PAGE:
It is possible that the main title of the report Adult Onset Still's Disease is not the name you expected. Please check the synonyms listing to find the alternate name(s) and disorder subdivision(s) covered by this report.
Adult onset Still's disease (AOSD) is a rare inflammatory disorder that affects the entire body (systemic disease). The cause of the disorder is unknown (idiopathic). Affected individuals may develop episodes of high, spiking fevers, a pink or salmon colored rash, joint pain, muscle pain, a sore throat and other symptoms associated with systemic inflammatory disease. The specific symptoms and frequency of episodes vary from one person to another and the progression of the disorder is difficult to predict. In some individuals, the disorder appears suddenly, disappears almost as quickly and may not return. In other people, adult onset Still's disease is a chronic, potentially disabling, condition. Various medications are used to treat individuals with adult onset Still's disease, affected individuals may respond to therapy differently. Adult onset Still's disease does not appear to run in families.
Adult onset Still's disease is the adult form of systemic juvenile rheumatoid arthritis (juvenile Still's disease). The disorders are name after a British physician who first described systemic juvenile rheumatoid arthritis in the medical literature in 1896. The term "adult Still's disease" was first used in the medial literature in 1971, but cases that fit the description of the disorder appear in the medical literature as early as the late 1800s.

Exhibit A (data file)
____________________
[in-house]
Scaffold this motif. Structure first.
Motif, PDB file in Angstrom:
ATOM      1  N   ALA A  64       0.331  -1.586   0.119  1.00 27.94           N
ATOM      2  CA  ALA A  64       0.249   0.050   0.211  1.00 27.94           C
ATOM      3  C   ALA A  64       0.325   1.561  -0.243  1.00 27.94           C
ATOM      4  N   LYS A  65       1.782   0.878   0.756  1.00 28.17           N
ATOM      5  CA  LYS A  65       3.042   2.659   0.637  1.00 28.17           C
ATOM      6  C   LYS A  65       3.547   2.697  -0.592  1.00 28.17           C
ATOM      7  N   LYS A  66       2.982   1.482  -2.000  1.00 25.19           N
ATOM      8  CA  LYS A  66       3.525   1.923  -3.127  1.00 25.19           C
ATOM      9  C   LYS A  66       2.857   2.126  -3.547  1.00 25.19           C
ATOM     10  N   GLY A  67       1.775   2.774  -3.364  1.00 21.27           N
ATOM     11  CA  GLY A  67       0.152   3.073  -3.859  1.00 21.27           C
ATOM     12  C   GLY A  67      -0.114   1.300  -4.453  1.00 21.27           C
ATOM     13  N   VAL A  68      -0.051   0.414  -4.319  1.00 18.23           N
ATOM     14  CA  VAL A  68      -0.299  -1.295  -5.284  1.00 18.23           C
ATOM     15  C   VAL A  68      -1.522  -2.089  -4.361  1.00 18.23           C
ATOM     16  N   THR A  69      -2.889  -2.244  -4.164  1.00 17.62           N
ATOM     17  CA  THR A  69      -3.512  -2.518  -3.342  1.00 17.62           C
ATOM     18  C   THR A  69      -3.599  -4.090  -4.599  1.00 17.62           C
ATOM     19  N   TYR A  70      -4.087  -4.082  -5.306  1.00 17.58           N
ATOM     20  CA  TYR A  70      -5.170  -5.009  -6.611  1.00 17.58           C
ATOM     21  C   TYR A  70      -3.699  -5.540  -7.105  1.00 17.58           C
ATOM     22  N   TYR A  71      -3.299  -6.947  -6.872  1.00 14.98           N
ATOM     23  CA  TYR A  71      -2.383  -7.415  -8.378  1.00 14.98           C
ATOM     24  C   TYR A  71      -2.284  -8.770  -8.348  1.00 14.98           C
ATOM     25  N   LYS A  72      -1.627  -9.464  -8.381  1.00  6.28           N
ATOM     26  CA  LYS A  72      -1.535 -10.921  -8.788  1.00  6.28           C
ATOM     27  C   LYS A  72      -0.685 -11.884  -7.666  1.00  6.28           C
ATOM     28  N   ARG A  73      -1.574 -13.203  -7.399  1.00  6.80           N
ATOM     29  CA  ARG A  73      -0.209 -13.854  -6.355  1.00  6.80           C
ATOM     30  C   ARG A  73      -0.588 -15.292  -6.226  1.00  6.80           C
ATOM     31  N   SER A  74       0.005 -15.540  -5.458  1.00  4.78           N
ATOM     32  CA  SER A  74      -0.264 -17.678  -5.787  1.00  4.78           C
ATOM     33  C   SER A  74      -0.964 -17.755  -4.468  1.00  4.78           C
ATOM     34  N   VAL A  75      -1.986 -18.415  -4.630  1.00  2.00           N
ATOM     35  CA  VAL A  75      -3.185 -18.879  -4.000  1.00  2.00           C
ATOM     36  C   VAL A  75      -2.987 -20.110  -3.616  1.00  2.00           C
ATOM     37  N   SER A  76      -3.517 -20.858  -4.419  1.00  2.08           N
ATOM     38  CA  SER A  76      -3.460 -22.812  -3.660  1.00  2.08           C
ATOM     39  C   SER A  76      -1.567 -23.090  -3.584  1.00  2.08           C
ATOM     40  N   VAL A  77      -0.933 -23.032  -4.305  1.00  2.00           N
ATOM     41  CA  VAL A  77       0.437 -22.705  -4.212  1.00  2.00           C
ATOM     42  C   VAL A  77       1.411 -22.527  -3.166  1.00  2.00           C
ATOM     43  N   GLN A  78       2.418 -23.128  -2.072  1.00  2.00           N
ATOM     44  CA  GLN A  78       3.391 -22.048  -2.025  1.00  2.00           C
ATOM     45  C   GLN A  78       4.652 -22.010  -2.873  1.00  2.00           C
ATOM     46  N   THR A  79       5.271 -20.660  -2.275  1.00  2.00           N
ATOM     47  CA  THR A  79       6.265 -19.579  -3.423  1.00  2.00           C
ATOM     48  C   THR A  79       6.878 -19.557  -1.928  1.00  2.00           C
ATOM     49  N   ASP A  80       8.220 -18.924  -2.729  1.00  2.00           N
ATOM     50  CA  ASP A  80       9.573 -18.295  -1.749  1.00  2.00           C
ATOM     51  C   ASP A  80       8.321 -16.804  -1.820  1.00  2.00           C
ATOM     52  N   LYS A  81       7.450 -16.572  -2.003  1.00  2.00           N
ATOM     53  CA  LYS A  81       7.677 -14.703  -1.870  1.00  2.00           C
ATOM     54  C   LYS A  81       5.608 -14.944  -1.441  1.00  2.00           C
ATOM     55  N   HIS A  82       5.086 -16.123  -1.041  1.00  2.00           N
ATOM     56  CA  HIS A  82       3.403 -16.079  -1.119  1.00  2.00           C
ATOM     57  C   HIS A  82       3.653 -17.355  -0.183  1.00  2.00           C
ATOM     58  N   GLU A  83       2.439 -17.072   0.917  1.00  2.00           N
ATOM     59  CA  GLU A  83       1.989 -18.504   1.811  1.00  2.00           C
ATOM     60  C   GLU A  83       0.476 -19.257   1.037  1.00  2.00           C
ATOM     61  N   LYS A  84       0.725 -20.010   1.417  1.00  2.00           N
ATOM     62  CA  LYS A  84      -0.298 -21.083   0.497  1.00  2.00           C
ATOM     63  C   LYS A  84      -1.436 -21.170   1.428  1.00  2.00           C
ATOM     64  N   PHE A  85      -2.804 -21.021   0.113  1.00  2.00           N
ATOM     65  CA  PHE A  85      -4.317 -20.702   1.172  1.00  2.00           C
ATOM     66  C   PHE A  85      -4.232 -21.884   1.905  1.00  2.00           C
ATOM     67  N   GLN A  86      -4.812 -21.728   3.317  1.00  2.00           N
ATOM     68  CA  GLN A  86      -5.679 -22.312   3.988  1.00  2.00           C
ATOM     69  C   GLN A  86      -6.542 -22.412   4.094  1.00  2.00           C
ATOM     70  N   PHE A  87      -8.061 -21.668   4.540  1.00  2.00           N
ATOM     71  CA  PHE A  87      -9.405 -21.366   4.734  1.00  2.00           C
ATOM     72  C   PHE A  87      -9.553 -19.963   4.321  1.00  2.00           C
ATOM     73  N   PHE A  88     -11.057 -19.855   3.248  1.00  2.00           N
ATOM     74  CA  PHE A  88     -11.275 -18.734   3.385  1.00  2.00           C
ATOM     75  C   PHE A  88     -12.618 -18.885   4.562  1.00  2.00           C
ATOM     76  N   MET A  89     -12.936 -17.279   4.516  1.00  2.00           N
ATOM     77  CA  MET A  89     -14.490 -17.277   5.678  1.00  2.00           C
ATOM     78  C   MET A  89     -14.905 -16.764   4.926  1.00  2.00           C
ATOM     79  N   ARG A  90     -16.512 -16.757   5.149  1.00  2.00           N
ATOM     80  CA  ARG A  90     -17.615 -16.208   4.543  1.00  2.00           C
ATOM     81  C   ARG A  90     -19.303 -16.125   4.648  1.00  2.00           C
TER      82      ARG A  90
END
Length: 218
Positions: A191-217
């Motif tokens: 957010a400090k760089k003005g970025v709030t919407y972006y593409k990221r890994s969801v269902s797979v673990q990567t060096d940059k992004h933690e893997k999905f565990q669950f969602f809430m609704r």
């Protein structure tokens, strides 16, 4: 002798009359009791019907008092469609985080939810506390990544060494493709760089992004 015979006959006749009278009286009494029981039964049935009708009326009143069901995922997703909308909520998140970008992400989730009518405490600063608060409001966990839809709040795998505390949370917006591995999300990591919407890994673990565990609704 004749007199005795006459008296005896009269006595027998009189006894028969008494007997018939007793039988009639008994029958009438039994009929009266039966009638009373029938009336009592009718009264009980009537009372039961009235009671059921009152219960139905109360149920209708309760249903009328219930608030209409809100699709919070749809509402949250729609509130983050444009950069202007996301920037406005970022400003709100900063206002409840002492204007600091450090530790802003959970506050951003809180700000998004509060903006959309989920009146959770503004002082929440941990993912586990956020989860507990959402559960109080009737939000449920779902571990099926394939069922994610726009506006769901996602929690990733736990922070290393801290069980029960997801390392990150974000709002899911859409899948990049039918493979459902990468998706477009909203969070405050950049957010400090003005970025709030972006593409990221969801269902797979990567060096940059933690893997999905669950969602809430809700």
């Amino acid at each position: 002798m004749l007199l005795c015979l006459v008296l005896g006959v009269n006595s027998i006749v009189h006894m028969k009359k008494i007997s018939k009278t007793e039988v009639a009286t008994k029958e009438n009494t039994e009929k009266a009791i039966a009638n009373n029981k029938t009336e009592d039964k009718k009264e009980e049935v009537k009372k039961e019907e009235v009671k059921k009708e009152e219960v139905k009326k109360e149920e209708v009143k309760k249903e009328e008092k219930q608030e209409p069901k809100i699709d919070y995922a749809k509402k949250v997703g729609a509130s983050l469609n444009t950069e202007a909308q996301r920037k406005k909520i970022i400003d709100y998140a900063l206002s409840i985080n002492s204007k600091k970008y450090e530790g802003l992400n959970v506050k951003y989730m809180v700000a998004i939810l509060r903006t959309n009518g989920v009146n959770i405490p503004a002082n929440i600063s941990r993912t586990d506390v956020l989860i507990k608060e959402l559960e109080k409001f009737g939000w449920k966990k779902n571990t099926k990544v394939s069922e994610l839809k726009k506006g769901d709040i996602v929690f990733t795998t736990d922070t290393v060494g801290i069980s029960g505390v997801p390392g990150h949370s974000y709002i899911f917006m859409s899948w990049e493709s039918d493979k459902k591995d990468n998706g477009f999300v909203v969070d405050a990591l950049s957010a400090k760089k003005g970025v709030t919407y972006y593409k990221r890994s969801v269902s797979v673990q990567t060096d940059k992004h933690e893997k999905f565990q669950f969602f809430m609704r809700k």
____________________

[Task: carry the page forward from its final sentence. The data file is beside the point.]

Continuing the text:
P.O. Box 7669
Atlanta, GA 30357-0669
393 University Avenue
Ontario, Intl M5G IE6
Tel: (416) 979-7228
Fax: (416) 979-8366
Tel: (800) 321-1433
NIH/NationaI Institute of Arthritis and Musculoskeletal and Skin Diseases
One AMS Circle
Bethesda, MD 20892-3675
Genetic and Rare Diseases (GARD) Information Center
PO Box 8126
Gaithersburg, MD 20898-8126
This is an abstract of a report from the National Organization for Rare Disorders, Inc. ® (NORD). A copy of the complete report can be obtained for a small fee by visiting the NORD website. The complete report contains additional information including symptoms, causes, affected population, related disorders, standard and investigational treatments (if available), and references from medical literature. For a full-text version of this topic, see http://www.rarediseases.org/search/rdblist.html
The information provided in this report is not intended for diagnostic purposes. It is provided for informational purposes only. NORD recommends that affected individuals seek the advice or counsel of their own personal physicians.
It is possible that the title of this topic is not the name you selected. Please check the Synonyms listing to find the alternate name(s) and Disorder Subdivision(s) covered by this report
This disease entry is based upon medical information available through the date at the end of the topic. Since NORD's resources are limited, it is not possible to keep every entry in the Rare Disease Database completely current and accurate. Please check with the agencies listed in the Resources section for the most current information about this disorder.
For additional information and assistance about rare disorders, please contact the National Organization for Rare Disorders at P.O. Box 1968, Danbury, CT 06813-1968; phone (203) 744-0100; web site www.rarediseases.org or email email@example.com
Last Updated: 1/22/2009
Copyright 2009 National Organization for Rare Disorders, Inc.